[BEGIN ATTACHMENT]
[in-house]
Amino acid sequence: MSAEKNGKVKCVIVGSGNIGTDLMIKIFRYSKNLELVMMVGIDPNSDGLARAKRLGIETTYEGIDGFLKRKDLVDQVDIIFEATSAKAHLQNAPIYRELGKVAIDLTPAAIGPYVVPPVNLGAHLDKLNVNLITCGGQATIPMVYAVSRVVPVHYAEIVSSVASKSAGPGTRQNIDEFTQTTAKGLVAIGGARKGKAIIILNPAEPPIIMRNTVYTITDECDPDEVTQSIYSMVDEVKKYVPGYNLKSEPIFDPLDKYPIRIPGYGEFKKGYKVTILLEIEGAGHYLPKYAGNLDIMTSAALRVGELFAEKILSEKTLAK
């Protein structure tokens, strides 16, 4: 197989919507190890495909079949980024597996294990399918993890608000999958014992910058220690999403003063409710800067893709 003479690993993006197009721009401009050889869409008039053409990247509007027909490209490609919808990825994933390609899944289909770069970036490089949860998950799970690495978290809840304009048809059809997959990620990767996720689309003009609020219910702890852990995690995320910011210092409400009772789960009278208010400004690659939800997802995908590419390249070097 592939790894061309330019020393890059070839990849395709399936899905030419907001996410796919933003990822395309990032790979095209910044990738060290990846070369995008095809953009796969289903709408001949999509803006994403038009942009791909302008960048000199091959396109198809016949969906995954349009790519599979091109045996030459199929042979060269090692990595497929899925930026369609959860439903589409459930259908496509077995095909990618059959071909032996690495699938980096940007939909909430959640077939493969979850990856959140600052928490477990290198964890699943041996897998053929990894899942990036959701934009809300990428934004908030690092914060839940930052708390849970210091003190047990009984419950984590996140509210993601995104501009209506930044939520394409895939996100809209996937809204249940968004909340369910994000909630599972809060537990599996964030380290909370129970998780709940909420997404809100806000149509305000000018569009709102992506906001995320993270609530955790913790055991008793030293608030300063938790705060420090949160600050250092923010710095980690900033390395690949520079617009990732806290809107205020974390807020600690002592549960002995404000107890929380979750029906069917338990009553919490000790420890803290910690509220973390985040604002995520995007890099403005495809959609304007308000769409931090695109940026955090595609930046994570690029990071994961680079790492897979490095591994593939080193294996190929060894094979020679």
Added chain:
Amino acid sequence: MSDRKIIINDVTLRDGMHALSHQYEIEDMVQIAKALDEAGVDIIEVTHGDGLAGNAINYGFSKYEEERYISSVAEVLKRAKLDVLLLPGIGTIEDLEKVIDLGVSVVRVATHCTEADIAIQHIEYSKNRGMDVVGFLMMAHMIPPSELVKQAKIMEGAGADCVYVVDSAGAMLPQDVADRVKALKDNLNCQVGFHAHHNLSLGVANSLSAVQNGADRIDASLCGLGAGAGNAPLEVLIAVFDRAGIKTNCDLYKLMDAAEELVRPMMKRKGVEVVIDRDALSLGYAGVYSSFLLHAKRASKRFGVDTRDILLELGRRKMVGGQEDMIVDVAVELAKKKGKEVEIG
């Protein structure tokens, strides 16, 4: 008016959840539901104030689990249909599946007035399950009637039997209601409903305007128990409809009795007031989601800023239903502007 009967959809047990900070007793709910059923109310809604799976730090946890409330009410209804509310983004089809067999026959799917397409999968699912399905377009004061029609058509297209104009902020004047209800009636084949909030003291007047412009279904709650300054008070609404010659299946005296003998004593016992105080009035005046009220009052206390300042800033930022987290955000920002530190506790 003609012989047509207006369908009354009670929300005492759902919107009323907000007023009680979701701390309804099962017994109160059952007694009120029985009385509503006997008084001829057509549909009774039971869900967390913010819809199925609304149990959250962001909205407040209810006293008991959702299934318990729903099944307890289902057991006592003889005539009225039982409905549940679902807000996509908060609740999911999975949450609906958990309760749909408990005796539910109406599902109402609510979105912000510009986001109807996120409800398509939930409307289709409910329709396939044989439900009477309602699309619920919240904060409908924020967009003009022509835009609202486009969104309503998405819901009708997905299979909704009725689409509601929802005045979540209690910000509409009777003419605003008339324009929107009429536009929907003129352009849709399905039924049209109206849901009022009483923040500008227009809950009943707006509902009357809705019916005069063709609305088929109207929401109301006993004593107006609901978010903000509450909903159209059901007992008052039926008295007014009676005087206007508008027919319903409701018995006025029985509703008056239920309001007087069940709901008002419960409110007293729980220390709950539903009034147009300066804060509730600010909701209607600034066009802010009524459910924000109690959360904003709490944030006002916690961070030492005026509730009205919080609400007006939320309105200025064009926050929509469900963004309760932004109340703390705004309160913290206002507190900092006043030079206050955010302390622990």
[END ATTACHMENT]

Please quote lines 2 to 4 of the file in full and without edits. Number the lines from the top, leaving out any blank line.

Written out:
Amino acid sequence: MSAEKNGKVKCVIVGSGNIGTDLMIKIFRYSKNLELVMMVGIDPNSDGLARAKRLGIETTYEGIDGFLKRKDLVDQVDIIFEATSAKAHLQNAPIYRELGKVAIDLTPAAIGPYVVPPVNLGAHLDKLNVNLITCGGQATIPMVYAVSRVVPVHYAEIVSSVASKSAGPGTRQNIDEFTQTTAKGLVAIGGARKGKAIIILNPAEPPIIMRNTVYTITDECDPDEVTQSIYSMVDEVKKYVPGYNLKSEPIFDPLDKYPIRIPGYGEFKKGYKVTILLEIEGAGHYLPKYAGNLDIMTSAALRVGELFAEKILSEKTLAK
């Protein structure tokens, strides 16, 4: 197989919507190890495909079949980024597996294990399918993890608000999958014992910058220690999403003063409710800067893709 003479690993993006197009721009401009050889869409008039053409990247509007027909490209490609919808990825994933390609899944289909770069970036490089949860998950799970690495978290809840304009048809059809997959990620990767996720689309003009609020219910702890852990995690995320910011210092409400009772789960009278208010400004690659939800997802995908590419390249070097 592939790894061309330019020393890059070839990849395709399936899905030419907001996410796919933003990822395309990032790979095209910044990738060290990846070369995008095809953009796969289903709408001949999509803006994403038009942009791909302008960048000199091959396109198809016949969906995954349009790519599979091109045996030459199929042979060269090692990595497929899925930026369609959860439903589409459930259908496509077995095909990618059959071909032996690495699938980096940007939909909430959640077939493969979850990856959140600052928490477990290198964890699943041996897998053929990894899942990036959701934009809300990428934004908030690092914060839940930052708390849970210091003190047990009984419950984590996140509210993601995104501009209506930044939520394409895939996100809209996937809204249940968004909340369910994000909630599972809060537990599996964030380290909370129970998780709940909420997404809100806000149509305000000018569009709102992506906001995320993270609530955790913790055991008793030293608030300063938790705060420090949160600050250092923010710095980690900033390395690949520079617009990732806290809107205020974390807020600690002592549960002995404000107890929380979750029906069917338990009553919490000790420890803290910690509220973390985040604002995520995007890099403005495809959609304007308000769409931090695109940026955090595609930046994570690029990071994961680079790492897979490095591994593939080193294996190929060894094979020679």
Added chain: